The building of a new £17.5million National Brownfield Institute (NBI) in Wolverhampton will start in the New Year after it today (Friday) received planning approval to be constructed on the University of Wolverhampton’s Springfield Campus.
The NBI will be a world-class institute that provides the facility to develop modern methods of building through innovation and partnership with the construction industry.
Built on the University of Wolverhampton’s £120million Springfield Campus, the NBI will focus on the practical application of future brownfield regeneration through the work of research teams, leading policy development and commercial services.
The scheme will receive £14.9million of funding from the Government’s Get Building Fund for the West Midlands. City of Wolverhampton Council worked closely with the Black Country LEP and West Midlands Combined Authority to secure the funding. A request for the remainder of the funding required forms part of the city’s bid to the Government’s Towns Fund.
The NBI will secure the City of Wolverhampton's position as a leader internationally in sustainable construction, circular economy and brownfield development and will deliver new skills, jobs and opportunities for local people in the city, which has been hit hard by the pandemic.
Councillor Stephen Simkins, City of Wolverhampton Council Cabinet Member for City Economy, said:
“This is an exciting moment as it means the construction of the National Brownfield Institute can start in the New Year.
“It is yet another sign of the confidence being shown in Wolverhampton as a place to invest and live, as our regeneration plans change our city and relight it despite the huge challenges the Covid-19 pandemic has thrown at us.
“We have seen the University’s Springfield Campus blossom into the reality of a European-leading Built Environment education campus.
“The addition of the National Brownfield Institute will make Wolverhampton a world leader in construction, regeneration and built environment, offering teaching and skills development, cutting edge research and innovation, and enterprise and business engagement through multi-sector partnerships.
“Most importantly it will deliver new skills, jobs and opportunities for local people in the city.”
Professor Geoff Layer, Vice Chancellor at the University, said:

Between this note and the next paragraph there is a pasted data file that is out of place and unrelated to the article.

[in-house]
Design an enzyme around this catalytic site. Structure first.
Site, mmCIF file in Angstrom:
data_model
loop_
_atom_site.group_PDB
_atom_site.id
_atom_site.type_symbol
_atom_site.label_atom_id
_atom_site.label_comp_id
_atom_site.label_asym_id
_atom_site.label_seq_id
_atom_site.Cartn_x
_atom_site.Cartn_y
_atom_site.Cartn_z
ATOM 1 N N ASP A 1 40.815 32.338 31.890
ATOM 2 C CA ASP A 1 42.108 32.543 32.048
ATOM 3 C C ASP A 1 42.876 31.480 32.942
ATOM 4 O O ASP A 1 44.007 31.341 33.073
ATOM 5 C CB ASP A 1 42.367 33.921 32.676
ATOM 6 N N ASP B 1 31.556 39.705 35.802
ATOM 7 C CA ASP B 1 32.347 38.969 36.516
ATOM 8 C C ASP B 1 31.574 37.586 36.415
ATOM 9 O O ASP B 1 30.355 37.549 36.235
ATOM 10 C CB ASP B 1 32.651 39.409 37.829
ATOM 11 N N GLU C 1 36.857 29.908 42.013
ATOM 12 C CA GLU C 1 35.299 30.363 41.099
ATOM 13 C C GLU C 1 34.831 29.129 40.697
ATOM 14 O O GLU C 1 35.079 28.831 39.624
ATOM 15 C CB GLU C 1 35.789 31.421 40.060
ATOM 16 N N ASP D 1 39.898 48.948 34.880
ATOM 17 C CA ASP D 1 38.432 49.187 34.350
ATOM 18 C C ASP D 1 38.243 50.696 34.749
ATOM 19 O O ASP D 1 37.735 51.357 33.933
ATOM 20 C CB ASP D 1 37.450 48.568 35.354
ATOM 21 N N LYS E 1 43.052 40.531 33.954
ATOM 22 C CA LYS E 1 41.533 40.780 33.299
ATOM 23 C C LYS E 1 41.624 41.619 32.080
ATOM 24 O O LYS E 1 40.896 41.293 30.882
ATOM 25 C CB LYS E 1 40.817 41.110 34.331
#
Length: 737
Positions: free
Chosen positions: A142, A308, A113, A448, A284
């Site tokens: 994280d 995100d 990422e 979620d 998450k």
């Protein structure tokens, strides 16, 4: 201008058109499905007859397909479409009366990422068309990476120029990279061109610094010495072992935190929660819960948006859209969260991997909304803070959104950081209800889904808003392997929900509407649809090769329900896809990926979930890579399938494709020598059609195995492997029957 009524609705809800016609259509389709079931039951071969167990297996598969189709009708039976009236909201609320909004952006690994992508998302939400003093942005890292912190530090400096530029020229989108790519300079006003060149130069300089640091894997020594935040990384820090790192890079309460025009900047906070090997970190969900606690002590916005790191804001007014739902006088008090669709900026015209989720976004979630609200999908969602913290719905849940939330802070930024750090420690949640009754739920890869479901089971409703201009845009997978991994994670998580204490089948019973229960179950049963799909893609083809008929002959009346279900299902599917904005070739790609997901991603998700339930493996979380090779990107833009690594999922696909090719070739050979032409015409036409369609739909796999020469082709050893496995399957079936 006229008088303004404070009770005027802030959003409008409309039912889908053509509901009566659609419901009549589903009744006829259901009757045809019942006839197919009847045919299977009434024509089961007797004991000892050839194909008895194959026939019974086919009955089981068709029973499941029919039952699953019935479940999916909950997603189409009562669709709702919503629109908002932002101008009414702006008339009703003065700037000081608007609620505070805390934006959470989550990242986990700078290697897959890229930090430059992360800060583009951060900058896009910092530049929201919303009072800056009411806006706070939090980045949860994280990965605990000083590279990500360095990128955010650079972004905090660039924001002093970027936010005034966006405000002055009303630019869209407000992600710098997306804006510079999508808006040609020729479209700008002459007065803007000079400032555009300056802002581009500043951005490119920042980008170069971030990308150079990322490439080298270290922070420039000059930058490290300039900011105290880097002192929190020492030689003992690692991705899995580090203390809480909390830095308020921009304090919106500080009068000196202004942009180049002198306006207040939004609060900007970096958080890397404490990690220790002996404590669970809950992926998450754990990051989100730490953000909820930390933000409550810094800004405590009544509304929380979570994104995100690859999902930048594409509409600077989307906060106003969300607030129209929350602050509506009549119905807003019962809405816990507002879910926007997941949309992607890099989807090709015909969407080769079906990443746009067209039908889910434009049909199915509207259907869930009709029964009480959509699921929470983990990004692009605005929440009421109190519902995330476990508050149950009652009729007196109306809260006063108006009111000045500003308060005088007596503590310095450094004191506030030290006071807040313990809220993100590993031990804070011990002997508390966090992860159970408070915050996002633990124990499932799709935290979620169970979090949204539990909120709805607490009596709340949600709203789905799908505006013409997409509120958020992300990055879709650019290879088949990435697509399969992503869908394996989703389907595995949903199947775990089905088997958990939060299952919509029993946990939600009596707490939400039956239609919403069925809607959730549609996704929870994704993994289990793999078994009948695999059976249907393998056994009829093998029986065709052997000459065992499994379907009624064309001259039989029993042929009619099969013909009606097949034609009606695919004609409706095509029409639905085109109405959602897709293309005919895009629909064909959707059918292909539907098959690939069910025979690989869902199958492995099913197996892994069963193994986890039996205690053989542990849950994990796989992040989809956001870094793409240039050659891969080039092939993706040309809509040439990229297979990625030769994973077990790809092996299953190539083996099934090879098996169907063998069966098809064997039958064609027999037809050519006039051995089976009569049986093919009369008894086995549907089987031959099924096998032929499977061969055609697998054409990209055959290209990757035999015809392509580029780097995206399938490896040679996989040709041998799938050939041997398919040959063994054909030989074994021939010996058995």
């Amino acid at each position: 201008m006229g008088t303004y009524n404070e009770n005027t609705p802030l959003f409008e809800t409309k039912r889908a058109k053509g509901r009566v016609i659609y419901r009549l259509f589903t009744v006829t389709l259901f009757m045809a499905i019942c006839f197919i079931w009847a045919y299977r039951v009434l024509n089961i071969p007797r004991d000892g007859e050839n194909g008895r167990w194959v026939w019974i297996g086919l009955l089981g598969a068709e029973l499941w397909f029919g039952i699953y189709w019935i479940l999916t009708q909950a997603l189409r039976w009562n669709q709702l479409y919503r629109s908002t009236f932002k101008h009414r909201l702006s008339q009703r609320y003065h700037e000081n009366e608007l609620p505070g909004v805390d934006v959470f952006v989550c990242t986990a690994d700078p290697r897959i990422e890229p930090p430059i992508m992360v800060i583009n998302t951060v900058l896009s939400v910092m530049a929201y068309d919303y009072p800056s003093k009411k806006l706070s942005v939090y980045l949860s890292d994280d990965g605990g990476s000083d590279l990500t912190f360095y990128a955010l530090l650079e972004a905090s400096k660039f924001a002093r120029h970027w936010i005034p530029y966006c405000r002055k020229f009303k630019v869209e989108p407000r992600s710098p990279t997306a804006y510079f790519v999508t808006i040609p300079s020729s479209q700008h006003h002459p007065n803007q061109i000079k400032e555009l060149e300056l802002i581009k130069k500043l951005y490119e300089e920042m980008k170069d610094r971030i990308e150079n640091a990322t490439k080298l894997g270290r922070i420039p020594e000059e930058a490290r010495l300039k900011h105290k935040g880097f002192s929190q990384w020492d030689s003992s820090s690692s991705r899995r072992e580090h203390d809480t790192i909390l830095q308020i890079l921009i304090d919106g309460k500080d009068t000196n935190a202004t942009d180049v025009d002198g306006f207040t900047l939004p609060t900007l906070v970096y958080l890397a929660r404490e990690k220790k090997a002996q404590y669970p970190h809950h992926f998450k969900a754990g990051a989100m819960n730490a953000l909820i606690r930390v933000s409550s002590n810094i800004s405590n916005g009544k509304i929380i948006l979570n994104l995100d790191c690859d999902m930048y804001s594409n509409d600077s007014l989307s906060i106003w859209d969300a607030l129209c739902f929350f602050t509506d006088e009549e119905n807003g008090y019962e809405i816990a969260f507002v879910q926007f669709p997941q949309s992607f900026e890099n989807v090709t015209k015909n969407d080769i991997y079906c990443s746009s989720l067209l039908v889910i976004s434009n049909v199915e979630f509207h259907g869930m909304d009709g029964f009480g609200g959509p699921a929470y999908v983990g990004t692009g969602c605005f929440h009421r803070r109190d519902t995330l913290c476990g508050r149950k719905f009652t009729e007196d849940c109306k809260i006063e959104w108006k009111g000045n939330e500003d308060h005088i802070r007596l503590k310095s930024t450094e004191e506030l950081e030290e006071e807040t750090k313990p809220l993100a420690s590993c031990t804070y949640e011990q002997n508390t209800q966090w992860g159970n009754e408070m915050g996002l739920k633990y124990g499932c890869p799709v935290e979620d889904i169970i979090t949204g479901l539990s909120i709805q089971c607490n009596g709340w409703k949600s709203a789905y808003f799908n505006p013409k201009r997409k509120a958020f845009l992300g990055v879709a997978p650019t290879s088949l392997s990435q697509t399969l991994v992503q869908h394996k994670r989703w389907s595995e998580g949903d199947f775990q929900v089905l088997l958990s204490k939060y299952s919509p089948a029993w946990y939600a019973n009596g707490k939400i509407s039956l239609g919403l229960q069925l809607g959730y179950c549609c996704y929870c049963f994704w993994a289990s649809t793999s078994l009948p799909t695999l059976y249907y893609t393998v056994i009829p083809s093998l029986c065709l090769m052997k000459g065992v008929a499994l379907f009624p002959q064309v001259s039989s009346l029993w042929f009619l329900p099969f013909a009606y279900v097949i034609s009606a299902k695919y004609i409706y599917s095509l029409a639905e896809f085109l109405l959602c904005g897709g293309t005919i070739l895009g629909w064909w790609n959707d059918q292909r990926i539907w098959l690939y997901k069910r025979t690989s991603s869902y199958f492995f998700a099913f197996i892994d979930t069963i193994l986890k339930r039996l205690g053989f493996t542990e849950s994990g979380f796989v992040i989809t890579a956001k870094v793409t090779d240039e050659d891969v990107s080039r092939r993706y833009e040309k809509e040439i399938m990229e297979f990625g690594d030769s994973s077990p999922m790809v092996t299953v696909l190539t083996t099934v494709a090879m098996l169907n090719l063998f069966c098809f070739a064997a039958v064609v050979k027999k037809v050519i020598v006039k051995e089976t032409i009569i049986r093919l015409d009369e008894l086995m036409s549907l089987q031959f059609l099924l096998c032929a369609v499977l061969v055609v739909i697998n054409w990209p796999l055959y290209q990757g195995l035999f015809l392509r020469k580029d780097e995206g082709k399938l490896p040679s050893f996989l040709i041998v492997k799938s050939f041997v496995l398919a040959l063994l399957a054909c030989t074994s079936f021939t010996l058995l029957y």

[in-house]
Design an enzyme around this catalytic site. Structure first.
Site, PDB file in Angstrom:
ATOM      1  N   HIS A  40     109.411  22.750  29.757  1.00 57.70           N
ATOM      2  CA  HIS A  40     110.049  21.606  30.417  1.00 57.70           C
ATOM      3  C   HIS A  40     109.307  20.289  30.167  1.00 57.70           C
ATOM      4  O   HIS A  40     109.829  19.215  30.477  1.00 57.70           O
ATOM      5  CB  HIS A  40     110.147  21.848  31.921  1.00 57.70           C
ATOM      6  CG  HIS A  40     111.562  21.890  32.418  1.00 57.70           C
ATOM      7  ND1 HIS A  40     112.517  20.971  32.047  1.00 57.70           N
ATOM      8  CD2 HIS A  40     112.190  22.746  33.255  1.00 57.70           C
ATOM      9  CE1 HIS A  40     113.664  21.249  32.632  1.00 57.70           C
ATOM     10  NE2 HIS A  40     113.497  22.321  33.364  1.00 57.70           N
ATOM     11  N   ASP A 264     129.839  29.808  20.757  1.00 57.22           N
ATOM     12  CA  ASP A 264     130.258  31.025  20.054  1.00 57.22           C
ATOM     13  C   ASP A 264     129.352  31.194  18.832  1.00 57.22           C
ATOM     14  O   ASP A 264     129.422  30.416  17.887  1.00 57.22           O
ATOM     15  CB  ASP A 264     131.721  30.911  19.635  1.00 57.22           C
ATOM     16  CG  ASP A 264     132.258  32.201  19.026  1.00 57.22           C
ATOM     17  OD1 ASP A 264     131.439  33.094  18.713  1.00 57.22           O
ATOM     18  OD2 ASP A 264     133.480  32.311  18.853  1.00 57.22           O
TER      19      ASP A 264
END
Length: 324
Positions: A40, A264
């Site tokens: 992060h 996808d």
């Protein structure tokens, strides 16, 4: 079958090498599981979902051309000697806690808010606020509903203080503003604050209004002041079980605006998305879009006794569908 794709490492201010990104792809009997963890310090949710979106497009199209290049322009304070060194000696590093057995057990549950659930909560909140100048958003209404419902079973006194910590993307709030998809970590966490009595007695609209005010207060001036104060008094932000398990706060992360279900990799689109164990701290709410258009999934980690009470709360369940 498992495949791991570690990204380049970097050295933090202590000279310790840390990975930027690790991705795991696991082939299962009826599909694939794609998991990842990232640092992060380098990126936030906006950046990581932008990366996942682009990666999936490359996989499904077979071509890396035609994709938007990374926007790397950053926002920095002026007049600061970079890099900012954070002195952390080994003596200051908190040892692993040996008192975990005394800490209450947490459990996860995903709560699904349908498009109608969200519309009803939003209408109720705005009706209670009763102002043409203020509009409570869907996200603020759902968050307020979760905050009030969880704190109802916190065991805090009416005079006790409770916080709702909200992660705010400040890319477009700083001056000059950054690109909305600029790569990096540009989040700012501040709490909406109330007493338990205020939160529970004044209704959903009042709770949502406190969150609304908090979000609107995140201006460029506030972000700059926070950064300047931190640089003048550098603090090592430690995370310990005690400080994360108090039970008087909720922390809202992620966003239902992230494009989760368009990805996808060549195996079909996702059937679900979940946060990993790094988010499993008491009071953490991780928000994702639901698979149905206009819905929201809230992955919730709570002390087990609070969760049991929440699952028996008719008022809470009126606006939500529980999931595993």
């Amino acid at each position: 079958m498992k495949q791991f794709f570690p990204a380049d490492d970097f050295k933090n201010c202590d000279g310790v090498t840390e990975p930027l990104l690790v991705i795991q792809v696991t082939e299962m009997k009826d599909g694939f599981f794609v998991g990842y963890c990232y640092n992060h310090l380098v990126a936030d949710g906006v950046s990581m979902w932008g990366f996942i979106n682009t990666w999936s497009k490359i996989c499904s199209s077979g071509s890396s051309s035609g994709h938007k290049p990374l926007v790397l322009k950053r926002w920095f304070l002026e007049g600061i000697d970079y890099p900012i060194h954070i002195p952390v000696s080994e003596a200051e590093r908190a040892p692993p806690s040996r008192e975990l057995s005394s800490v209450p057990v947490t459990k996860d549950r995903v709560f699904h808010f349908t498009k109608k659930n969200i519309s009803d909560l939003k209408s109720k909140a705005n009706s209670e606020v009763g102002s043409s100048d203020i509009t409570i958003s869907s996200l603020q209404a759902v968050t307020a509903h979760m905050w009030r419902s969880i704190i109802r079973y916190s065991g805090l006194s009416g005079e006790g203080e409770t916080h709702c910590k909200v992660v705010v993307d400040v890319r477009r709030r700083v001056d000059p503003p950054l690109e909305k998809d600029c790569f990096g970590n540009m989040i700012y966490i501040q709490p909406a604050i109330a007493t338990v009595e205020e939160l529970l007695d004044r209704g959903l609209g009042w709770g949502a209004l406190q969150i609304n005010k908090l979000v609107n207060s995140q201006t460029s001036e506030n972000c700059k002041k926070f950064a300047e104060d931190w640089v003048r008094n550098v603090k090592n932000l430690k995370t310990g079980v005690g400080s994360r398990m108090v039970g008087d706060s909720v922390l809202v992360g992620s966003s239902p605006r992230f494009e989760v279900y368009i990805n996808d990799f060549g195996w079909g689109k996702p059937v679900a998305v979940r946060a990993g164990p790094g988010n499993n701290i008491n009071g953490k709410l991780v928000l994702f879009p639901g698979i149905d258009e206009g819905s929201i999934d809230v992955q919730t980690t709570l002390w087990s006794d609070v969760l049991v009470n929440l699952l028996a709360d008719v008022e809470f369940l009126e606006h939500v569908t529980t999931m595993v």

“This is fantastic news for the city, the University and the local economy.
“Our Estates and Facilities team has worked closely with Architectural, Civil, Mechanical and Electrical consultants including Associated Architects, CPW and Atkins alongside the construction contractor, ISG Limited, to deliver this approval.
“We are working really hard behind the scenes to ensure that this project is moving forward quickly and each milestone we achieve is a step closer to the next building.
“The NBI will be integral to the way we look at land remediation and regeneration across the Black Country and the UK and will play a pivotal part in unlocking industrial land to help tackle the housing shortage in our towns and cities.”
The 12-acre Springfield Campus is already home to the Thomas Telford University Technical College, Elite Centre for Manufacturing Skills and the recently opened School of Architecture and Built Environment.
These facilities combined with the NBI will lay the foundation for the delivery of a National Centre for Sustainable Construction and Circular Economy, which will focus on sustainability and the climate change emergency.
Tom Westley DL, Chair of the Black Country LEP Board, said:
“This is great news for both Wolverhampton and the West Midlands, a real boost to start the New Year. Thanks to investment from Government, and the hard work of all our project partners, the National Brownfield Institute promises to be a world-class facility.
“The Black Country LEP are delighted to support projects such as these which are making a real positive impact on the local economy, creating jobs and supporting skills development, as our region looks to recover from the impact of the pandemic.”
Andy Street, the Mayor of the West Midlands and Chair of the WMCA, added:
“Today’s planning approval is tremendous news for the region because this Institute will help the West Midlands become a global leader in the clean-up and regeneration of derelict sites.
“That’s important for several reasons not least because every brownfield site we develop saves a greenfield one. But it will also drive next generation thinking and the development of new techniques for transforming brownfield land into vibrant new communities offering affordable and energy efficient homes for local people and modern commercial premises for growing businesses.
“The Institute wills also equip our residents with the modern construction skills they will need to work on these brownfield projects, helping to get people into high-skilled, well-paid, work as we look to bounce back from the economic impact of the pandemic.”